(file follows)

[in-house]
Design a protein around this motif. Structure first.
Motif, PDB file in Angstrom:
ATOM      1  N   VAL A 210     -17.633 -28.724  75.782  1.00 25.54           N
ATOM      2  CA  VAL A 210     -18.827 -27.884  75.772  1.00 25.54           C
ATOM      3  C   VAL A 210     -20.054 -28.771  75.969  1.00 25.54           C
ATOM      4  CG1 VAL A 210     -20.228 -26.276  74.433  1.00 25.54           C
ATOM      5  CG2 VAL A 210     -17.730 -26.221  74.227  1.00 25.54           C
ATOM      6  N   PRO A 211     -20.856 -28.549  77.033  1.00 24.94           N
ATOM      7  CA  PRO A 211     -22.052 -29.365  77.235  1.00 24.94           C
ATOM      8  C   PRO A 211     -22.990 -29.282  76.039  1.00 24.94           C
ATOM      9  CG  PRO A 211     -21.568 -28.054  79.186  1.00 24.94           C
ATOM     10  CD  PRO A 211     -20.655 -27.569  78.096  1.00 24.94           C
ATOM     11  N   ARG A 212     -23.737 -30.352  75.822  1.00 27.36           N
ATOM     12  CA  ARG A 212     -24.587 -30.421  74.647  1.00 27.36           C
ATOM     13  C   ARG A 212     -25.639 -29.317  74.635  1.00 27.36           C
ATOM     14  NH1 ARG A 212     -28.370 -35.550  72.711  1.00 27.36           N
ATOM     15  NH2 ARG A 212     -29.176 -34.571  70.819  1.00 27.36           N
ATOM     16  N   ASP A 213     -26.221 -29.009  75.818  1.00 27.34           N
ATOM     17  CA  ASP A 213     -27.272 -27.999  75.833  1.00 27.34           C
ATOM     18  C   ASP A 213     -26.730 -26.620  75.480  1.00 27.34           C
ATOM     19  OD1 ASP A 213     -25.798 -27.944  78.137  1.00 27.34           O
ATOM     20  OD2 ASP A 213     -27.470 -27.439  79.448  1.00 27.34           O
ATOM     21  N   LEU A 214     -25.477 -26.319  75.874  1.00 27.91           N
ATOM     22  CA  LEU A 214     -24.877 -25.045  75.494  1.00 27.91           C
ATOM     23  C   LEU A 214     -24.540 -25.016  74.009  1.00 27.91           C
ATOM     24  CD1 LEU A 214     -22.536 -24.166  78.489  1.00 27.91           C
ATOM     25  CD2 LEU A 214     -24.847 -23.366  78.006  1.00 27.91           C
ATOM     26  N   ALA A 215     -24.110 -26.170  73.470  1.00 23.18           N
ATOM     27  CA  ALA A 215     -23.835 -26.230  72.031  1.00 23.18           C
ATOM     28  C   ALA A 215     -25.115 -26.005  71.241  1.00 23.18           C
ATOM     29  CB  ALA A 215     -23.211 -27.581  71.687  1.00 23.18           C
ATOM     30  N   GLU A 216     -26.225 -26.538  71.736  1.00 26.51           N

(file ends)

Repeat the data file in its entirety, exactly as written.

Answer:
[in-house]
Design a protein around this motif. Structure first.
Motif, PDB file in Angstrom:
ATOM      1  N   VAL A 210     -17.633 -28.724  75.782  1.00 25.54           N
ATOM      2  CA  VAL A 210     -18.827 -27.884  75.772  1.00 25.54           C
ATOM      3  C   VAL A 210     -20.054 -28.771  75.969  1.00 25.54           C
ATOM      4  CG1 VAL A 210     -20.228 -26.276  74.433  1.00 25.54           C
ATOM      5  CG2 VAL A 210     -17.730 -26.221  74.227  1.00 25.54           C
ATOM      6  N   PRO A 211     -20.856 -28.549  77.033  1.00 24.94           N
ATOM      7  CA  PRO A 211     -22.052 -29.365  77.235  1.00 24.94           C
ATOM      8  C   PRO A 211     -22.990 -29.282  76.039  1.00 24.94           C
ATOM      9  CG  PRO A 211     -21.568 -28.054  79.186  1.00 24.94           C
ATOM     10  CD  PRO A 211     -20.655 -27.569  78.096  1.00 24.94           C
ATOM     11  N   ARG A 212     -23.737 -30.352  75.822  1.00 27.36           N
ATOM     12  CA  ARG A 212     -24.587 -30.421  74.647  1.00 27.36           C
ATOM     13  C   ARG A 212     -25.639 -29.317  74.635  1.00 27.36           C
ATOM     14  NH1 ARG A 212     -28.370 -35.550  72.711  1.00 27.36           N
ATOM     15  NH2 ARG A 212     -29.176 -34.571  70.819  1.00 27.36           N
ATOM     16  N   ASP A 213     -26.221 -29.009  75.818  1.00 27.34           N
ATOM     17  CA  ASP A 213     -27.272 -27.999  75.833  1.00 27.34           C
ATOM     18  C   ASP A 213     -26.730 -26.620  75.480  1.00 27.34           C
ATOM     19  OD1 ASP A 213     -25.798 -27.944  78.137  1.00 27.34           O
ATOM     20  OD2 ASP A 213     -27.470 -27.439  79.448  1.00 27.34           O
ATOM     21  N   LEU A 214     -25.477 -26.319  75.874  1.00 27.91           N
ATOM     22  CA  LEU A 214     -24.877 -25.045  75.494  1.00 27.91           C
ATOM     23  C   LEU A 214     -24.540 -25.016  74.009  1.00 27.91           C
ATOM     24  CD1 LEU A 214     -22.536 -24.166  78.489  1.00 27.91           C
ATOM     25  CD2 LEU A 214     -24.847 -23.366  78.006  1.00 27.91           C
ATOM     26  N   ALA A 215     -24.110 -26.170  73.470  1.00 23.18           N
ATOM     27  CA  ALA A 215     -23.835 -26.230  72.031  1.00 23.18           C
ATOM     28  C   ALA A 215     -25.115 -26.005  71.241  1.00 23.18           C
ATOM     29  CB  ALA A 215     -23.211 -27.581  71.687  1.00 23.18           C
ATOM     30  N   GLU A 216     -26.225 -26.538  71.736  1.00 26.51           N